Following the agreement of the health authorities, some establishments are experimenting with therapeutic cannabis, such as the Timole hospital in Marseille.
In Marseille, the Timone hospital is one of the pilot sites in France. It is hosting some of the 3,000 patients who will be participating in this experiment throughout France for two years. The experiment is being conducted in "215 centres across the country", according to the French National Agency for the Safety of Medicines and Health Products (ANSM), which has given the green light.
The Minister of Health Olivier Véran visited the Clermont-Ferrand University Hospital at the end of March for the "first prescription" of this drug.
"This is a big step forward"Professor Olivier Blin, head of the pharmacology department at the Timone hospital in Marseille, one of the sites responsible for monitoring patients interested in the experiment, is enthusiastic.
"This meets the expectations of patients and CBD associations. We will remain vigilant on the effects, monitor them closely."He has been studying the medicinal characteristics of cannabis for several years. He is in fact carrying out a project to experiment with cannabidiol (CBD) on Parkinson's patients.
It specifies that it is not smoked cannabis. "There is a clear distinction between recreational and medical cannabis". The key point of this experiment, he says, is to identify suppliers who can provide quality-validated products.
"One of the main problems, in the absence of a framework, is the fact that some patients have gone to the streets to look for products identified as cannabis, but which are not. They contain pollutants or synthetics that can be deadly."says Professor Blin.
"Thanks to the work of the pharmacovigilance and addictovigilance networks that are overseeing this experiment, we will know whether there are potential physical, cardiac, psychological and behavioural risks to using this molecule and what precise benefits patients derive from it.he concludes.
A map of the 170 hospitals involved in the experiment can be found on the ANSM website.
Study the efficacy and safety of cannabis
The primary objective of this study will be to assess "the feasibility of the provision circuit" from oil or dried flowers that will be prescribed to patients, explains the Ministry of Health, highlighting a procedure "very secure".
What about the second? It will be a question of "collecting the first French data on the effectiveness and safety of cannabis in a medical context", with regard to the results obtained by its active molecules and in particular CBD, relaxing, anti-inflammatory and anticonvulsant, among others.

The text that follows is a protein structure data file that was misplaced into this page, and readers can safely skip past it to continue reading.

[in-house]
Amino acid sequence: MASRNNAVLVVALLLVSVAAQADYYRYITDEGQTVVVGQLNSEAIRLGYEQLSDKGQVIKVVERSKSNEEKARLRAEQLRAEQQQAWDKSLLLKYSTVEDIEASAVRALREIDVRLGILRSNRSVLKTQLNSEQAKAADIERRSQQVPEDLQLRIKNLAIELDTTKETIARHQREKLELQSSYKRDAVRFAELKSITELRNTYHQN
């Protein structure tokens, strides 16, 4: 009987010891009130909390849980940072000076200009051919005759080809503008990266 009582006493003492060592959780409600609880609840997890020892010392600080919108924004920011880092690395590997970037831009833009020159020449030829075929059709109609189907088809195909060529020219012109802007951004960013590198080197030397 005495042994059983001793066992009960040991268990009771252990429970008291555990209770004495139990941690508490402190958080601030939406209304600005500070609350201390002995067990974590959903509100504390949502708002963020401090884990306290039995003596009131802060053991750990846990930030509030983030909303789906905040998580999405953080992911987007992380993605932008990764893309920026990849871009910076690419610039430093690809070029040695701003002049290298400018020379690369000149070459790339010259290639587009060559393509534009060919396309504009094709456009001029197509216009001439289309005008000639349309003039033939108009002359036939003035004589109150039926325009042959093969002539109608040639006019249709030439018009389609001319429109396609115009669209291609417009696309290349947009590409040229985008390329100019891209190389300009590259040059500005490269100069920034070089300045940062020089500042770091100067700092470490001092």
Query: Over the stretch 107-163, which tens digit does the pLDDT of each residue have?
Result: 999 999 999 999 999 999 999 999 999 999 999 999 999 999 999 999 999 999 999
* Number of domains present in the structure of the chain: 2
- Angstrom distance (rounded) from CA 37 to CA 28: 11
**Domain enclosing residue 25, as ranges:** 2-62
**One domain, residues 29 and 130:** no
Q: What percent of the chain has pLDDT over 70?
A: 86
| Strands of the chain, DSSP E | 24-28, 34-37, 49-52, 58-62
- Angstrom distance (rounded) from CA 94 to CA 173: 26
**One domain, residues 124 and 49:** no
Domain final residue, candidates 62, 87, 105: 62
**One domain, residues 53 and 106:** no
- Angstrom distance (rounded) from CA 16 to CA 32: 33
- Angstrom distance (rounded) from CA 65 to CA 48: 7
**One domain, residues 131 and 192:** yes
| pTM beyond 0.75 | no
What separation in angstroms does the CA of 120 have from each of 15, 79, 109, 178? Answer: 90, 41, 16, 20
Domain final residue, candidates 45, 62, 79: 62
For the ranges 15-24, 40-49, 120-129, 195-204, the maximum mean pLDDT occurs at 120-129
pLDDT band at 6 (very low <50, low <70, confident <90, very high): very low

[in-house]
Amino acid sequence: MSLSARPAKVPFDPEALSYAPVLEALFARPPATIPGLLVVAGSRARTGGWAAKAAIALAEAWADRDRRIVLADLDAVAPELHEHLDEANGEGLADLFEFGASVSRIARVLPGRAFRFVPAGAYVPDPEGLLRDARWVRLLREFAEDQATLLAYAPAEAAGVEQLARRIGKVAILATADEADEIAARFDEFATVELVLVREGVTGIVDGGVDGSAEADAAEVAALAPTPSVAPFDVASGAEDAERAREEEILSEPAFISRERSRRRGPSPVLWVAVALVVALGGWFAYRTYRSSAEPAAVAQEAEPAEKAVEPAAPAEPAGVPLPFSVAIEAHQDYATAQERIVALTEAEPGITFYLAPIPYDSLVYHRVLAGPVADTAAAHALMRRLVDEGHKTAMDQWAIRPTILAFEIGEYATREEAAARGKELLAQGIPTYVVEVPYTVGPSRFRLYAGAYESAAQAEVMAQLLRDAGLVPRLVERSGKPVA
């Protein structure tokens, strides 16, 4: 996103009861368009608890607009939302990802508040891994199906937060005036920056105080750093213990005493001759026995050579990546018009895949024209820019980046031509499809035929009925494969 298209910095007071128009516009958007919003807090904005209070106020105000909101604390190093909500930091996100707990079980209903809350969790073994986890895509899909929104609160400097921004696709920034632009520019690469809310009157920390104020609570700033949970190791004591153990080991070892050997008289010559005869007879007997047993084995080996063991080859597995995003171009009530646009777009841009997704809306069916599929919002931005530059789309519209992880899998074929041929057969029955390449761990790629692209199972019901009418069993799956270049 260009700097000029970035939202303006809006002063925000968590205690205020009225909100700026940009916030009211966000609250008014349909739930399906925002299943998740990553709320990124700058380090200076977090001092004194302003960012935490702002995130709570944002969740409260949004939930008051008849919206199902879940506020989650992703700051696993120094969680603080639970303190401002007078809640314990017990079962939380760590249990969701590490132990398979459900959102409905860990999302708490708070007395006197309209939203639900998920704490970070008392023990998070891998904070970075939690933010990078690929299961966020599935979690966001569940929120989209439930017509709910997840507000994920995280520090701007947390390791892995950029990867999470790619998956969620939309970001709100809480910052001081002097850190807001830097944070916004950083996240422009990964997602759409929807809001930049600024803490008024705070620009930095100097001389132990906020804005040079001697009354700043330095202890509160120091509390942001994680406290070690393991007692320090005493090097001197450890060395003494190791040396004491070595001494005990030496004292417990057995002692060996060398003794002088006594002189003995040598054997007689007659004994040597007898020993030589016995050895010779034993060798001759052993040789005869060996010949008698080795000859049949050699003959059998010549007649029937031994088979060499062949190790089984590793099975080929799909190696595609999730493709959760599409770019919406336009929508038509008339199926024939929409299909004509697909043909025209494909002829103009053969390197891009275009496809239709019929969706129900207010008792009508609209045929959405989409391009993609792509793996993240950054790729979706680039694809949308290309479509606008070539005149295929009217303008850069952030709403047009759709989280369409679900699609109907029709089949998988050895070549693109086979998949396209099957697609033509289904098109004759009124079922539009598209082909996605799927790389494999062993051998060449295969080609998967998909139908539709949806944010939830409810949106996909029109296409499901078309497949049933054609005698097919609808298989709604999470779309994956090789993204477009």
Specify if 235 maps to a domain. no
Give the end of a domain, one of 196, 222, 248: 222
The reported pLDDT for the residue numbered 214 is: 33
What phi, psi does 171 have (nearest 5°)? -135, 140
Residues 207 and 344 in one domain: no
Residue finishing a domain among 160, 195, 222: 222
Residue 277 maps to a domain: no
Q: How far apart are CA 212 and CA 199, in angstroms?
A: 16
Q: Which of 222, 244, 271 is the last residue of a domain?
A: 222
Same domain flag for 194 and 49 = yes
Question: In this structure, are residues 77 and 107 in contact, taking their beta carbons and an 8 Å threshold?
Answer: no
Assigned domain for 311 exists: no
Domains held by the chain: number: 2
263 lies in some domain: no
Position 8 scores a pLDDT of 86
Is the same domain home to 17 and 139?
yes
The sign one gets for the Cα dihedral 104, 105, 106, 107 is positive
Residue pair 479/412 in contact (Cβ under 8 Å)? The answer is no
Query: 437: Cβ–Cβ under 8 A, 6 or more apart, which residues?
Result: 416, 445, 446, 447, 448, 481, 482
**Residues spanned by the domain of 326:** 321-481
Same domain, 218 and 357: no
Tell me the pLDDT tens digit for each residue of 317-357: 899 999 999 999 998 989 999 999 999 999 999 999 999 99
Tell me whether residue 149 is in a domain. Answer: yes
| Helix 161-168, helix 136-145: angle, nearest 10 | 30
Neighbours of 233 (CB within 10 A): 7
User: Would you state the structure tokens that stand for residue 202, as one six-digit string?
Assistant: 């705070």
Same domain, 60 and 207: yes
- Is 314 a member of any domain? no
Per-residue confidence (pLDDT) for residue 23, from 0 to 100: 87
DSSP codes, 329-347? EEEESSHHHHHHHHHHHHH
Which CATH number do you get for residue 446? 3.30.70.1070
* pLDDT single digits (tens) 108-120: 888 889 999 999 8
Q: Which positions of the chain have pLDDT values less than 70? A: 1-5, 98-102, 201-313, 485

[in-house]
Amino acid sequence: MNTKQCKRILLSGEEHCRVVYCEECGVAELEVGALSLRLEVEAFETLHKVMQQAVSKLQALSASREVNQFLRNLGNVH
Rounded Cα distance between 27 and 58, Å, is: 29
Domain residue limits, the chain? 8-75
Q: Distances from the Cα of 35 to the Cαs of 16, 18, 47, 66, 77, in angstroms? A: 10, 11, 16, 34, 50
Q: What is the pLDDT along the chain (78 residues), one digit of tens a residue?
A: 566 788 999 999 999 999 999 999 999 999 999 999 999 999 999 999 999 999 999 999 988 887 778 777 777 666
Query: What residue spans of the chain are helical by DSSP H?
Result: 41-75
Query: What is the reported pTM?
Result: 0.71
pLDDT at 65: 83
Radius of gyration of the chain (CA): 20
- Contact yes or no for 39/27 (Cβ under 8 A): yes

Who is concerned?
The first consultation must take place in one of these reference centres with patients who are already being treated in these specialised hospital services or referred by their GP. The decision to include the patient or not is made by the doctors of the reference centres.
Patients are only eligible if they suffer from serious illnesses: certain forms of epilepsy, neuropathic pain, side effects of chemotherapy, palliative care situations, or certain types of pain in multiple sclerosis.
But only "in cases of insufficient relief or poor tolerance" with existing treatments, according to the ANSM. Children may be included, in particular for forms of epilepsy that are refractory to treatment or in cancerology.
How is cannabis administered?
These drugs, in the form of oil by mouth (in bottles of drinkable solutions) or dried flowers by inhalation using a vaporizer, will be available in different dosages of the active substances - tetrahydrocannabinol (THC) and cannabidiol (CBD).
The prescription, initially in a hospital department, is made on a secure prescription (for 28 days maximum), as for any drug among which cannabis, illegal in France, is classified. This is not the case for CBD, which is a non-narcotic product, and therefore legal in France.
A general practitioner, trained and willing, can take over. The consent of patients to this trial, which allows the collection of the first French data on the effectiveness and safety of medical cannabis, leads to their registration in a follow-up register.
Cannabis for smoking is therefore excluded from the protocol. The Covid-19 epidemic contributed to delaying the launch of this experimentation, authorized by an October 2020 decree specifying that it should begin before the end of March 2021.
In the European Union, 17 countries have already authorized medical cannabis treatments.